Gondolas carried passengers up and down mountainsides, which was both scenic and, depending on the grade, necessary to carry people from one place to another. While many of the mountain villages had some road access, others still were accessed by the majority of the population with a rack railway system, which is a third rail down the center of the rail line with geared teeth fitted into by the train. This allowed the trains to ascend and descend steep grades. Many villages were car free or had only limited road access for small service vehicles. All the villages were very accessible by foot. The roads were narrow and people moved freely about both sides of the streets. Not once on the trip did we see anything like Salt Lake City’s great gulfs of pedestrian activity and experience that are their massive roads.


Wengen, the first village we stayed in, was an utterly bucolic ski resort along the slopes of the Alps. Although the quintessentially Alpine mental image may be snowy in most minds, the village was not wanting for snow. Many of the ski resorts I’ve been to in the US feel sad and lacking without snow, as if the architecture is twiddling its thumbs waiting for what is was designed for. However, the small patches of grazing land for animals, farms in the valleys, and tourists all over every part of the village made it feel cozy and purposeful even in the middle of mild summer days.

In many ways, I got the impression that this village was one that had solved (or at least, it has been solving) many problems of living in an extreme landscape for hundreds and hundreds of years. It is hard to describe exactly what this felt like, but if you think of a city as a painting, the Swiss towns we travelled through felt as though they had been worked over already many times, whereas some cities in the US feel as though they have only been hastily hacked and sketched out, with many problems still to address. Wengen, Switzerland, felt as though it had shaken out all its cramps and difficulties and set itself gracefully and calmly on the landscape.



These approximations of sensation break down when considering that infrastructure has reinvented itself many times even over the last 100 years. So, a city like Lucerne, which has been around in some form for over 700 years, may have integrated itself into the landscape well over its first 500 years, but it changes drastically in those next 200 years when rough paving, rail lines, automobiles, and everything else interjects itself into the established order.


But even then, well, the Swiss are way better at roads and trains and everything else relating to transport. It seemed as though they had had a head start on the technology, and the U.S. is still trying to catch up with our abysmal passenger rail systems. (Though of course, we did at one point have pretty amazing passenger rail systems, but something happened to that).


By the time we had moved on to Lucerne, it was apparent to me what all the adulation over European public transport was about. It almost seems as if you had to try very hard to find a place that you could not get within a 15 minute walk of by some combination of busses, regional rail, and inter-city railways. The trains were on time. They were well maintained. Even if there wasn’t interspersed English announcements and signage, we could’ve easily been able to tell where we needed to go and what we had to do to get there. It was a sight to behold.

It was hard to enter into what felt like an “authentic experience” of each city, but it was nonetheless enjoyable. It seems silly thinking about it in those terms now; of course any experience is in one sense an “authentic” one, and in the space of one week you’re never going to get a full understanding of a place. It was a style of travel that was unfamiliar: the rapid overview of a place incredibly foreign to me. I am struggling to write down my impressions of the place, Switzerland, because in some ways it feels disingenuous to try to write something accurate about another country I had a one week interaction with.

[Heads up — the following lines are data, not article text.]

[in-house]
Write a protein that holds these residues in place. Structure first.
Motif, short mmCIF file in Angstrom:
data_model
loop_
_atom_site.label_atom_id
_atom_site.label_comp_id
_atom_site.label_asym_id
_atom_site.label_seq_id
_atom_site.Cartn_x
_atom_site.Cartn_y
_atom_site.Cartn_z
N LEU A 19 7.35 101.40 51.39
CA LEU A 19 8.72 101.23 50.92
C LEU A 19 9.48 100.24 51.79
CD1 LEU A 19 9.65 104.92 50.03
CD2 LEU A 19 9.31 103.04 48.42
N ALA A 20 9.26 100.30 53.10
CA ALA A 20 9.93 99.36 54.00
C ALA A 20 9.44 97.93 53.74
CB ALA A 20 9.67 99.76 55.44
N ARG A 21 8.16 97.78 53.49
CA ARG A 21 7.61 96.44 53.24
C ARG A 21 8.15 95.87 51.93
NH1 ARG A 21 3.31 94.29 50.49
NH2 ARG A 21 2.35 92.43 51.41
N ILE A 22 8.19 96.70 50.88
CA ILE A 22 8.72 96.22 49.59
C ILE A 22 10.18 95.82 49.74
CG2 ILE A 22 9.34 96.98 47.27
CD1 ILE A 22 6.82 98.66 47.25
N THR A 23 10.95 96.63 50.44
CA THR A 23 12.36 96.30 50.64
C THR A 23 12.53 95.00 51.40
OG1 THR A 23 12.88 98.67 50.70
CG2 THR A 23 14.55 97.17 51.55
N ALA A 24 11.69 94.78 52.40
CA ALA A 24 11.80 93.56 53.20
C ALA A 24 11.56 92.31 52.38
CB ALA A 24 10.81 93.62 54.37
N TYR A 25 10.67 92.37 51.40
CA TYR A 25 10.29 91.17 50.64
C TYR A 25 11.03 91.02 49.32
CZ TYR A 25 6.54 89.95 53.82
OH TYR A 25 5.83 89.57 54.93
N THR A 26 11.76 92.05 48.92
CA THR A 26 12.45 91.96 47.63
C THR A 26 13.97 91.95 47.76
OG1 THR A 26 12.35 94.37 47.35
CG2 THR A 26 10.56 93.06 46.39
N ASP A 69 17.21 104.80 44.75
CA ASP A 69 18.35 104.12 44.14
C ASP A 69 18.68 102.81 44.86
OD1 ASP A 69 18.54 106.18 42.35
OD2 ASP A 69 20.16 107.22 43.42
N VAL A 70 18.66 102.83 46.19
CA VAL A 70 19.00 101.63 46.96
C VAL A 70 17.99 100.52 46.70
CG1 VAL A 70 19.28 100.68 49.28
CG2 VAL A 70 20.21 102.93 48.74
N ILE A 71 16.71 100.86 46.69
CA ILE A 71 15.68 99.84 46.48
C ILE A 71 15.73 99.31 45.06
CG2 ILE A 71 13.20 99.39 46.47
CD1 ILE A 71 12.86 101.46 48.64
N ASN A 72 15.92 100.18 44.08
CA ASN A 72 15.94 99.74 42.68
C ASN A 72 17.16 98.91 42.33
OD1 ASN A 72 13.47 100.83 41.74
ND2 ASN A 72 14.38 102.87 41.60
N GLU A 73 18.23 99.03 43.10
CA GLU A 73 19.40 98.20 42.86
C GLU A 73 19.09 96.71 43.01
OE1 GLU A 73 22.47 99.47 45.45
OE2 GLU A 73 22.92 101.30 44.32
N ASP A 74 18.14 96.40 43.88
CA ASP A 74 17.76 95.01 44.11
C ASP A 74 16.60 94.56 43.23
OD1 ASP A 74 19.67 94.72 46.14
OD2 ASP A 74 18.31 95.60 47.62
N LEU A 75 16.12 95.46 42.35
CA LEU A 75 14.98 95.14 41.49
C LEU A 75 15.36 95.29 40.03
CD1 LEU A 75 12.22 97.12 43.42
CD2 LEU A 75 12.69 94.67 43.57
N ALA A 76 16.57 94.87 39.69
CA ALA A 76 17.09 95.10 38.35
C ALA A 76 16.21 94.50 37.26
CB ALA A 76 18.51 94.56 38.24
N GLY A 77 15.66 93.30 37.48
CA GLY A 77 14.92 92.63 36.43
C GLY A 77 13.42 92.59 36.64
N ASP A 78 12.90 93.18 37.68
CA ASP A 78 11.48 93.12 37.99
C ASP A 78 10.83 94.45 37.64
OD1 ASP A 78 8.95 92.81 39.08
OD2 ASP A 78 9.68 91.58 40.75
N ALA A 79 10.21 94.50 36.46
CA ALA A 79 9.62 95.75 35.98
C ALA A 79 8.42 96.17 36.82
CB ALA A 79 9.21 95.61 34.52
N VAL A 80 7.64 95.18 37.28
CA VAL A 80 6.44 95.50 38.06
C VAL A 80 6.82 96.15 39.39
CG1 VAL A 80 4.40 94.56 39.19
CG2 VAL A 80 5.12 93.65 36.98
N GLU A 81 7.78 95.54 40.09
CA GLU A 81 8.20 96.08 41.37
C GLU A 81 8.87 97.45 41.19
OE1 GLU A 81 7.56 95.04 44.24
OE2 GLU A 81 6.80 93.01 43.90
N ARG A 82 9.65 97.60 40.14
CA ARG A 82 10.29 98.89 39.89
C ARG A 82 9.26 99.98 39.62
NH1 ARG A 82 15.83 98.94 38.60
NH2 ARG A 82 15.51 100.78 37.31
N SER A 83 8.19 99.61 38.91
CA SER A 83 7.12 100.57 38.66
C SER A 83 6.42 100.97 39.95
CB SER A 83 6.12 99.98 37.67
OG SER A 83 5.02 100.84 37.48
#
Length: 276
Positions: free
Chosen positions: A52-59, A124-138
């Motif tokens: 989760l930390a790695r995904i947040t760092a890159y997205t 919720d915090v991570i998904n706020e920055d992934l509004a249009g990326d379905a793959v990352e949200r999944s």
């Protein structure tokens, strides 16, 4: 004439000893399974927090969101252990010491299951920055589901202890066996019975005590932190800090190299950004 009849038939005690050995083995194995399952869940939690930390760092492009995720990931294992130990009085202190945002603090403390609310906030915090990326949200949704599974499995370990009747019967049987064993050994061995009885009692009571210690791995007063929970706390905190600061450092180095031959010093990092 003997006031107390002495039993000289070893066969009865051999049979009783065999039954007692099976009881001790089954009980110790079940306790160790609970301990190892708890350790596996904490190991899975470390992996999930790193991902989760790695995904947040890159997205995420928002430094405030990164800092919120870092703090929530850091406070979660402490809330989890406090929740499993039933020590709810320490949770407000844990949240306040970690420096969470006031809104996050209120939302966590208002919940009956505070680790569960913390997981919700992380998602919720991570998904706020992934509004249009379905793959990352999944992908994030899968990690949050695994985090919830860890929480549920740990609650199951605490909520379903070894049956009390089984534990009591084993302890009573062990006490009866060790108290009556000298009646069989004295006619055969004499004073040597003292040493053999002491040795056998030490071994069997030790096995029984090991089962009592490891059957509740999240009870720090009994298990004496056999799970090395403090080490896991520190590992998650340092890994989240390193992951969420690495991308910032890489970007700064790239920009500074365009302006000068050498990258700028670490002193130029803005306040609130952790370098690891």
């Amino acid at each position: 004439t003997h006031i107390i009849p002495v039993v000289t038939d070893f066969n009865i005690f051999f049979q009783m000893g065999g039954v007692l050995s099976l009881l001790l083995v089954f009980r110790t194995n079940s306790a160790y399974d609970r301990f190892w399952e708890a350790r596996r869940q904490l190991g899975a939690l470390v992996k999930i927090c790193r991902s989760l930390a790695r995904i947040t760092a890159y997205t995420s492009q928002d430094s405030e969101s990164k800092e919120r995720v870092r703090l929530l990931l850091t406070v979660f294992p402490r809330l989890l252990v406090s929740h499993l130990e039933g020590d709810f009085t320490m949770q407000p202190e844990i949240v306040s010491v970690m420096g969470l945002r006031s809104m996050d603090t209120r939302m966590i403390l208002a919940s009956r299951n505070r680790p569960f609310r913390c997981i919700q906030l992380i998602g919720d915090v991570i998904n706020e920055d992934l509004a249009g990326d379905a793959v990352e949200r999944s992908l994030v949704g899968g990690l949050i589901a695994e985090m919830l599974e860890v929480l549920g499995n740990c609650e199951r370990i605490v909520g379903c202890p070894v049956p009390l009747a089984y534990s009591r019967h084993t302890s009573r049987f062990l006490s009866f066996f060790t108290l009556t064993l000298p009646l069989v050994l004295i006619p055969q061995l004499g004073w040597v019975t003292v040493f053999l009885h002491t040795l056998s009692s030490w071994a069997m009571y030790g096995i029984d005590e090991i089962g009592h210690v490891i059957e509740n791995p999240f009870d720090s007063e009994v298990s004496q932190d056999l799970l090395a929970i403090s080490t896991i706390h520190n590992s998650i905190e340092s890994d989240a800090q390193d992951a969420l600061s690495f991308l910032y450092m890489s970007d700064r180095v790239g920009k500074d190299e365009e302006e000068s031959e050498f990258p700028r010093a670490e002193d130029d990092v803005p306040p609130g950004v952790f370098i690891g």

Perhaps that is why I gravitate towards writing about the streets and trains and busses and all the people on bikes; it’s the closest thing that I can make discernible inroads into interpreting. When I was walking around, I had hopes and dreams of making an amazing travel blog post about the history of the architecture and the history of the towns I visited. First of all, I didn’t learn much to this effect. I did learn some, but to say that I took in all the history of any of the places would be overselling the amount of information I took in. Because frankly, at the pace we travelled, even the small amount of reading I did do at whatever informational outlets we approached was exhausting.


I don’t think negatively of all of this, by the way. It’s just a different kind of travel. I feel as though I had the same experience seeing the bikes and public transit that American painters had when they travelled to Europe throughout the 19th and 20th centuries. Contact with another culture and experience has that strange effect of stretching your thinking and sparking new thoughts in unexpected ways. That’s certainly not an original sentiment, but original sentiments (like unique insights to new places) are a hard thing to come by. I suppose the two main takeaways from this trip is that it was a wonderful first dip into a new way of experiencing the world, and it was a lovely way to get to know my future wife’s family.



Leave a Reply

Fill in your details below or click an icon to log in:

WordPress.com Logo

You are commenting using your WordPress.com account. Log Out /  Change )

Google photo

You are commenting using your Google account. Log Out /  Change )

Twitter picture

You are commenting using your Twitter account. Log Out /  Change )

Facebook photo

You are commenting using your Facebook account. Log Out /  Change )

Connecting to %s

%d bloggers like this: